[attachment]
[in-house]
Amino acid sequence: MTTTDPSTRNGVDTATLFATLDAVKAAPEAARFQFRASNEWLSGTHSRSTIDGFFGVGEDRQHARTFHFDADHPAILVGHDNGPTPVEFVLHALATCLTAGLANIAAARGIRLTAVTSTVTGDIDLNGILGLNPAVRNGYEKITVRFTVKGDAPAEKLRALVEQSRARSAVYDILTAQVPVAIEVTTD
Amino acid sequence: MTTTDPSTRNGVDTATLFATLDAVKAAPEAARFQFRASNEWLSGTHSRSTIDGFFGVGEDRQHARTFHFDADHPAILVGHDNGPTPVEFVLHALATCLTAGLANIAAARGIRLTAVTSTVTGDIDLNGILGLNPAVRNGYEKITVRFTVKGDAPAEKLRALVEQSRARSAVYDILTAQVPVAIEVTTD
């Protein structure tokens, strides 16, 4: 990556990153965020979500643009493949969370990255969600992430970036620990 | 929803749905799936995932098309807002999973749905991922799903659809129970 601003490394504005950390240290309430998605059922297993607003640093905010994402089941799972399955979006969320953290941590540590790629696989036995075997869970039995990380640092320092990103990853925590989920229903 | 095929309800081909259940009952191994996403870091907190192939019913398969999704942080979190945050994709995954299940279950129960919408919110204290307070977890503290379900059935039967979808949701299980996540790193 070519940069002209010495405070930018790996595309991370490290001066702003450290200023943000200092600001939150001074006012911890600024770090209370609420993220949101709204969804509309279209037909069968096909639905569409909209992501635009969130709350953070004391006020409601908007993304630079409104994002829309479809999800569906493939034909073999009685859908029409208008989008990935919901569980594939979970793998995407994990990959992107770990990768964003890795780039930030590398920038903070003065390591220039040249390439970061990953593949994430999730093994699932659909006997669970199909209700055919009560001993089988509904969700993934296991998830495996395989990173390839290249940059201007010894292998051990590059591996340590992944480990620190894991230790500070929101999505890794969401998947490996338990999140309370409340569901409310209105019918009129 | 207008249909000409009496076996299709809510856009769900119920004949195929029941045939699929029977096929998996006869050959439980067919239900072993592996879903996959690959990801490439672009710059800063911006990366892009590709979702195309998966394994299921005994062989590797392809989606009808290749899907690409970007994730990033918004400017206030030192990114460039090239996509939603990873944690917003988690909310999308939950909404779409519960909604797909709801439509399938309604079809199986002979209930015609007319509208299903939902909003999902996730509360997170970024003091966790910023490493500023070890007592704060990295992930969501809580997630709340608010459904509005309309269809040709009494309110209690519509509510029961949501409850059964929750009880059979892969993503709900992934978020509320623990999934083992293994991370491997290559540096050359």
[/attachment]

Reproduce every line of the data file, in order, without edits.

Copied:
[in-house]
Amino acid sequence: MTTTDPSTRNGVDTATLFATLDAVKAAPEAARFQFRASNEWLSGTHSRSTIDGFFGVGEDRQHARTFHFDADHPAILVGHDNGPTPVEFVLHALATCLTAGLANIAAARGIRLTAVTSTVTGDIDLNGILGLNPAVRNGYEKITVRFTVKGDAPAEKLRALVEQSRARSAVYDILTAQVPVAIEVTTD
Amino acid sequence: MTTTDPSTRNGVDTATLFATLDAVKAAPEAARFQFRASNEWLSGTHSRSTIDGFFGVGEDRQHARTFHFDADHPAILVGHDNGPTPVEFVLHALATCLTAGLANIAAARGIRLTAVTSTVTGDIDLNGILGLNPAVRNGYEKITVRFTVKGDAPAEKLRALVEQSRARSAVYDILTAQVPVAIEVTTD
């Protein structure tokens, strides 16, 4: 990556990153965020979500643009493949969370990255969600992430970036620990 | 929803749905799936995932098309807002999973749905991922799903659809129970 601003490394504005950390240290309430998605059922297993607003640093905010994402089941799972399955979006969320953290941590540590790629696989036995075997869970039995990380640092320092990103990853925590989920229903 | 095929309800081909259940009952191994996403870091907190192939019913398969999704942080979190945050994709995954299940279950129960919408919110204290307070977890503290379900059935039967979808949701299980996540790193 070519940069002209010495405070930018790996595309991370490290001066702003450290200023943000200092600001939150001074006012911890600024770090209370609420993220949101709204969804509309279209037909069968096909639905569409909209992501635009969130709350953070004391006020409601908007993304630079409104994002829309479809999800569906493939034909073999009685859908029409208008989008990935919901569980594939979970793998995407994990990959992107770990990768964003890795780039930030590398920038903070003065390591220039040249390439970061990953593949994430999730093994699932659909006997669970199909209700055919009560001993089988509904969700993934296991998830495996395989990173390839290249940059201007010894292998051990590059591996340590992944480990620190894991230790500070929101999505890794969401998947490996338990999140309370409340569901409310209105019918009129 | 207008249909000409009496076996299709809510856009769900119920004949195929029941045939699929029977096929998996006869050959439980067919239900072993592996879903996959690959990801490439672009710059800063911006990366892009590709979702195309998966394994299921005994062989590797392809989606009808290749899907690409970007994730990033918004400017206030030192990114460039090239996509939603990873944690917003988690909310999308939950909404779409519960909604797909709801439509399938309604079809199986002979209930015609007319509208299903939902909003999902996730509360997170970024003091966790910023490493500023070890007592704060990295992930969501809580997630709340608010459904509005309309269809040709009494309110209690519509509510029961949501409850059964929750009880059979892969993503709900992934978020509320623990999934083992293994991370491997290559540096050359």